When writing the markup for your components, make sure to keep the HTML consistent with the way it will be used in the application. Remember that JavaScript can sometimes change HTML structure at runtime and, if so, you’d need to document how the HTML should be initially. In addition to the HTML tags, be sure to include any data attributes or other attributes required.


A style guide wouldn’t be complete without proper documentation of the CSS classes used in the application. For components that have optional style classes, make sure to include examples. If too many variations exist for a component, then simply include them in the documentation.

HTML Helpers

HTML helpers make components easier to use. Less information about the component needs to be remembered and Visual Studio will provide added help via Intellisense. If your application has complex components, then create HTML helpers and add them to your style guide. Document any HTML helpers available and be sure to mention API parameters that can affect the output of the HTML.

For more information about creating custom HTML helpers see the article Writing Custom HTML Helpers for ASP.NET MVC

JavaScript requirements

In some cases, JavaScript is essential for components to render or operate correctly. Including documentation about JavaScript requirements will help developers get started quickly and avoid unnecessary troubleshooting. Wherever possible, include references to full API documentation.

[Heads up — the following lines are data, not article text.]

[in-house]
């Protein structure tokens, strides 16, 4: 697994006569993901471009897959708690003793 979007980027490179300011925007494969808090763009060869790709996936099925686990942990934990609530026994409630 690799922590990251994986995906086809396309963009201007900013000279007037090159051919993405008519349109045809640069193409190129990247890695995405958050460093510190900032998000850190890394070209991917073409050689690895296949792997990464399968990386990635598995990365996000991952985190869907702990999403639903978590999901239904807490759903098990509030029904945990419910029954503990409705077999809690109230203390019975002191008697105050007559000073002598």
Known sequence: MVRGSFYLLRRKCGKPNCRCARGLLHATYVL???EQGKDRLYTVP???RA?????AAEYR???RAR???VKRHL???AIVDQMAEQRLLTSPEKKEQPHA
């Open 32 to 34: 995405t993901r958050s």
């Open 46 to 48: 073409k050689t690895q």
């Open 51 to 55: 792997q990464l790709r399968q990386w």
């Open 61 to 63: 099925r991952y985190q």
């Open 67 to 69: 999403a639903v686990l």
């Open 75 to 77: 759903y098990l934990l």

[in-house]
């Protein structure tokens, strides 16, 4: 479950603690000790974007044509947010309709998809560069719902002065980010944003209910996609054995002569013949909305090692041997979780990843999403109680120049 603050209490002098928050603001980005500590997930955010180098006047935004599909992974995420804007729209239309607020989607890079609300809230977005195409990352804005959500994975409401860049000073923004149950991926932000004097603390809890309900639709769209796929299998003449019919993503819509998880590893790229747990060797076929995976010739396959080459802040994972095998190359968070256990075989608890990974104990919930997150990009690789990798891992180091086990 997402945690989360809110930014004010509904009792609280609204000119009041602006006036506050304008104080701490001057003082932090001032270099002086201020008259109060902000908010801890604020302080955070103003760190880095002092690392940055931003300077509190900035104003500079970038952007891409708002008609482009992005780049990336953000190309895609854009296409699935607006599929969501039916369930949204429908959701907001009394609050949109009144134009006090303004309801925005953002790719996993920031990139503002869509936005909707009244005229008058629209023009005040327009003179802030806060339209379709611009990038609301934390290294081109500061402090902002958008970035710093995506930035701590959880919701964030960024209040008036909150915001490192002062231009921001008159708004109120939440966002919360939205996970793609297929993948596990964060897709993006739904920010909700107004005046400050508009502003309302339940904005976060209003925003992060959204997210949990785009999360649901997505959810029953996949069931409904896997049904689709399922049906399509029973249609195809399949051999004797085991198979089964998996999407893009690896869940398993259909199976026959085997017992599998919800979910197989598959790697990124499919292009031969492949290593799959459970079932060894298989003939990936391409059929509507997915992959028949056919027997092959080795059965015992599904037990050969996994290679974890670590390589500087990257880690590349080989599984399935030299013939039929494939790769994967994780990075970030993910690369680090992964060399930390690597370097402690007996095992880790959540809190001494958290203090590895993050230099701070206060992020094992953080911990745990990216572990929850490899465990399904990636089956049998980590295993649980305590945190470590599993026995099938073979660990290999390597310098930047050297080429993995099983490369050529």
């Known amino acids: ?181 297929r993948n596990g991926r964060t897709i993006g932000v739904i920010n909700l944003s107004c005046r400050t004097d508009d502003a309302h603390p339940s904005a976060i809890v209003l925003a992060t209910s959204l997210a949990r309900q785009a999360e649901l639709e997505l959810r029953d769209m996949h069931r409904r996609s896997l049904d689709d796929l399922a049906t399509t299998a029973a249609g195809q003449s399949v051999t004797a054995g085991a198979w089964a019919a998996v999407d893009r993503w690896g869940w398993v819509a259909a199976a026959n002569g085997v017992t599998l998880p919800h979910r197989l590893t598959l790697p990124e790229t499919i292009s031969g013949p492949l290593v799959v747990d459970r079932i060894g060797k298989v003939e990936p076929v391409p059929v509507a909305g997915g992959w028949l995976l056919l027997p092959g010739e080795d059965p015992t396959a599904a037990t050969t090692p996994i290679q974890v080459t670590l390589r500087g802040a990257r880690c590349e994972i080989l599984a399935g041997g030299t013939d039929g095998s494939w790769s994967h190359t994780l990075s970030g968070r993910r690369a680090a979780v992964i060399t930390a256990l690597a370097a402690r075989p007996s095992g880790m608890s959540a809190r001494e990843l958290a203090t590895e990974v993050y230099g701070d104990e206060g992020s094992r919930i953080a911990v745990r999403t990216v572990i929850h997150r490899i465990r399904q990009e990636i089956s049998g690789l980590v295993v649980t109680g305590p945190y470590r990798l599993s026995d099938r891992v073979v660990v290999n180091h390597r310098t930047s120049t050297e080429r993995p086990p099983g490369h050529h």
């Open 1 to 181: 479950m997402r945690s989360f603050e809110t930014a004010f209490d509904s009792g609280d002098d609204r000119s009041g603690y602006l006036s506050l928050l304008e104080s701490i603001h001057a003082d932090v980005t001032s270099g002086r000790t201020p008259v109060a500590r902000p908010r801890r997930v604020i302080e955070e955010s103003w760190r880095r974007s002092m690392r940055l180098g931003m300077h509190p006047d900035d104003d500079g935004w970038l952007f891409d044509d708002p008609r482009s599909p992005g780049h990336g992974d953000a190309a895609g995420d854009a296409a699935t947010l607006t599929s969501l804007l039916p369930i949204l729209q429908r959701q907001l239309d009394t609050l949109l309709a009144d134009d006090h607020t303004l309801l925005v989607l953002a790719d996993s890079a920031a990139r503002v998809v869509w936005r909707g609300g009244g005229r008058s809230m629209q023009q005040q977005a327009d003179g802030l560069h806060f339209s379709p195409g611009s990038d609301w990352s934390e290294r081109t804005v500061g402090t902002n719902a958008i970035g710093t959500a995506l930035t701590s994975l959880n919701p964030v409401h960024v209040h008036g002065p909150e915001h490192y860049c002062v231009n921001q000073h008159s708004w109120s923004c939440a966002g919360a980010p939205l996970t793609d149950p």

Getting started

Creating a new style guide is as easy as using NuGet. I’ve added the examples used in this article to a NuGet package tailored to MVC’s default HTML and CSS framework, Bootstrap. Simply run the NuGet installer and a style guide starter kit will be added to your project.

Application structure

The style guide is broken down into groups of components. Each group has its own partial containing an example and documentation. Partials are used because they compartmentalize each section and make it easy for future developers to find a resource when it needs to be updated or studied. Be sure to name the partials after the components they represent. If you’re using Sass or Less the partials can even match the name of the applicable .scss or .less files.

Excerpt from StyleGuide.cshtml


File structure

Sometimes it is necessary to add CSS styles that are used only on the style guide. One example is displaying color swatches on the style guide, since swatches are not part of the application these CSS styles should be kept separate from the applications styles. Since there won’t likely be many of these styles, they can be placed in a general StyleGuide.css file and referenced only by the style guide.

Excerpt from StyleGuide.css

Conclusion & resources

Communicating an application’s design can be as simple as sitting down and working out a style guide with your team. It is a good way of displaying an application’s UI components and their intended uses. It will help your team understand when and how to use the components in an application. Good origination using partials makes a style guide that is easily read and keep updated. It is important to create a style guide that leads by example and is tailored to the application’s unique theme.